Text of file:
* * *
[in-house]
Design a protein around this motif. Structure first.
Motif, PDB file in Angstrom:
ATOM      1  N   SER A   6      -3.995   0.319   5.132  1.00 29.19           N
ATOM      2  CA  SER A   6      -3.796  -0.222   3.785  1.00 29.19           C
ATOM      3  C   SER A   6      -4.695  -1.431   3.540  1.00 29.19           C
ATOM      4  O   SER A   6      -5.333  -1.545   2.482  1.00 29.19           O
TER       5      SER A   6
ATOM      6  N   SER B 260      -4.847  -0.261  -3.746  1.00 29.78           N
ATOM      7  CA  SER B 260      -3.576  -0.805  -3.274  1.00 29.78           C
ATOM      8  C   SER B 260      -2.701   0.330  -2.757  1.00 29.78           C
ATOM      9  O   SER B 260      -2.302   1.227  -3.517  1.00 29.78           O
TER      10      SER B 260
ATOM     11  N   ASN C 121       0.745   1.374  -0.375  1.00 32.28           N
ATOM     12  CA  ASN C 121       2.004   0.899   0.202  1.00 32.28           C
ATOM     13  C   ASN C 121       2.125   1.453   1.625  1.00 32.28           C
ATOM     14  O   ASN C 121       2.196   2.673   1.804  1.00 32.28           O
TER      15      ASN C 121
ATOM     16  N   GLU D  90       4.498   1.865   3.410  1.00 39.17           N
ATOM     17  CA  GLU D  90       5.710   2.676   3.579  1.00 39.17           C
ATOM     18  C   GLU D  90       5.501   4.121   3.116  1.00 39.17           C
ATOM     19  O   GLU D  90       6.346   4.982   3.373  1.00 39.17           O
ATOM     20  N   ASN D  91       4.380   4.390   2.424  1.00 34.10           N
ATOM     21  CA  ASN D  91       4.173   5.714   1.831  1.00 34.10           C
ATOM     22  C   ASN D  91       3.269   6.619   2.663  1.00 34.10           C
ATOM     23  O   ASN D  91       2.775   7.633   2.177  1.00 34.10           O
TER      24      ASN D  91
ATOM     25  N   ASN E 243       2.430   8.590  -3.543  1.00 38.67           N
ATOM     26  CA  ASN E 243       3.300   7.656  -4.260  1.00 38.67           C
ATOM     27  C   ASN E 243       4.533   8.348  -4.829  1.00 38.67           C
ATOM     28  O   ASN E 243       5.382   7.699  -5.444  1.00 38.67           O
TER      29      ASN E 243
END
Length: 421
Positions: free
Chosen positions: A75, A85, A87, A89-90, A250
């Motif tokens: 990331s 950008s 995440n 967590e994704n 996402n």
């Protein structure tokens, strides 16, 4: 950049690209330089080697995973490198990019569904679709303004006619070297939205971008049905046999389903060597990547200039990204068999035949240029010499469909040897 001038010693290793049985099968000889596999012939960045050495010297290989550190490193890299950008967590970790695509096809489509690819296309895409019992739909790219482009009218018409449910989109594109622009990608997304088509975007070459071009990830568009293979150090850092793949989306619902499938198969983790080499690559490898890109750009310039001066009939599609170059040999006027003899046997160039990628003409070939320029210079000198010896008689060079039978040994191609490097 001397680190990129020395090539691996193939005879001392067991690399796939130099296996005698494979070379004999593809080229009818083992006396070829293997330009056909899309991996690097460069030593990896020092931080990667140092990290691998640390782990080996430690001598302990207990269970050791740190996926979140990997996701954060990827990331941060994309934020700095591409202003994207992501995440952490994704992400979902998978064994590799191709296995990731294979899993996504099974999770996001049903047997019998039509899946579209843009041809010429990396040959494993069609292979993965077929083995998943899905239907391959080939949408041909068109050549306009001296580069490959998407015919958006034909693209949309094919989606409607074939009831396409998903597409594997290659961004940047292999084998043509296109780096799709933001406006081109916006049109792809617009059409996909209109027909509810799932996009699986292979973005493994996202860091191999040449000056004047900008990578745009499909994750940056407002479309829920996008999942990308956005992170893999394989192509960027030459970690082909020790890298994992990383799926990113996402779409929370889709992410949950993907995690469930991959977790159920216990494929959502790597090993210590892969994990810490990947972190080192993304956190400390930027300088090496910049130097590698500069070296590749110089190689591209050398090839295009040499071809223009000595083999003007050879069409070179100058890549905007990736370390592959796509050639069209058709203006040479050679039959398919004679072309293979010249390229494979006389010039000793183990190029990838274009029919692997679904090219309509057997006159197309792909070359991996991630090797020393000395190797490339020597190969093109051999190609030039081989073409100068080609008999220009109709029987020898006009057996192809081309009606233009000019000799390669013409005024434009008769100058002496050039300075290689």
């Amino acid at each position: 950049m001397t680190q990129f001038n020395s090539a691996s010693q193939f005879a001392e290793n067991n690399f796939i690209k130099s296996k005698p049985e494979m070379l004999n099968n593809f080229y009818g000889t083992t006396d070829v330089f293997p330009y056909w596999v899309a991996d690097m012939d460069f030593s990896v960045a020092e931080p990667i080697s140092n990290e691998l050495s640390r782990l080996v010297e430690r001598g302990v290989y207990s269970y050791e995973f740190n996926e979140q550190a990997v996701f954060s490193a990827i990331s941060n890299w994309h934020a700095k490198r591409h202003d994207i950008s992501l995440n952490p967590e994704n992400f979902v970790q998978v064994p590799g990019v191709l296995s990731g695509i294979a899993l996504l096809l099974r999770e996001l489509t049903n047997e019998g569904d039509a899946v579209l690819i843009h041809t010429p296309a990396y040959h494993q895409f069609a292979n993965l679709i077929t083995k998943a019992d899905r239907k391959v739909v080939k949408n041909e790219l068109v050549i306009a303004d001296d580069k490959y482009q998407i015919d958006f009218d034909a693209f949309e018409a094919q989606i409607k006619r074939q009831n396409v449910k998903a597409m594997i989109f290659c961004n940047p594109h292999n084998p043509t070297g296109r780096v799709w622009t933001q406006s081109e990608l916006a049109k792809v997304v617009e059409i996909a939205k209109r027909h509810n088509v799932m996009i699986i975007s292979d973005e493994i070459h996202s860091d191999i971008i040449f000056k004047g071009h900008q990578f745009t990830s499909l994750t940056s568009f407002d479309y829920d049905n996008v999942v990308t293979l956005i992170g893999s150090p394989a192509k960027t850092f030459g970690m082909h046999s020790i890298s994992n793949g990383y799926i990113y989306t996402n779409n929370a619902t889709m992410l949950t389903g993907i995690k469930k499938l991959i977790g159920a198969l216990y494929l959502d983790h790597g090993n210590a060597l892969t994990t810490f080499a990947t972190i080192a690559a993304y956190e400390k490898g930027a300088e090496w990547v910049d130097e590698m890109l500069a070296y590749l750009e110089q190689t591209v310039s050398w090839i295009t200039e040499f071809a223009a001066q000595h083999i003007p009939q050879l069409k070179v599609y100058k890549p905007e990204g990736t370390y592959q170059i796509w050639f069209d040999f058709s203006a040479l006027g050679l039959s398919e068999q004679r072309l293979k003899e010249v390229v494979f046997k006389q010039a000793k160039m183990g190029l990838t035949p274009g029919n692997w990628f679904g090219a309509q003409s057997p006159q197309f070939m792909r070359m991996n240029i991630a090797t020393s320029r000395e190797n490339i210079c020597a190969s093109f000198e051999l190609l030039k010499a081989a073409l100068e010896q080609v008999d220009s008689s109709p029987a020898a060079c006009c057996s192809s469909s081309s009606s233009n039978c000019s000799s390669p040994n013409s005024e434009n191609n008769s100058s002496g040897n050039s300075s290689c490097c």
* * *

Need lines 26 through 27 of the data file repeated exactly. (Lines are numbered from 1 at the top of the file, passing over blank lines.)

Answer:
ATOM     23  O   ASN D  91       2.775   7.633   2.177  1.00 34.10           O
TER      24      ASN D  91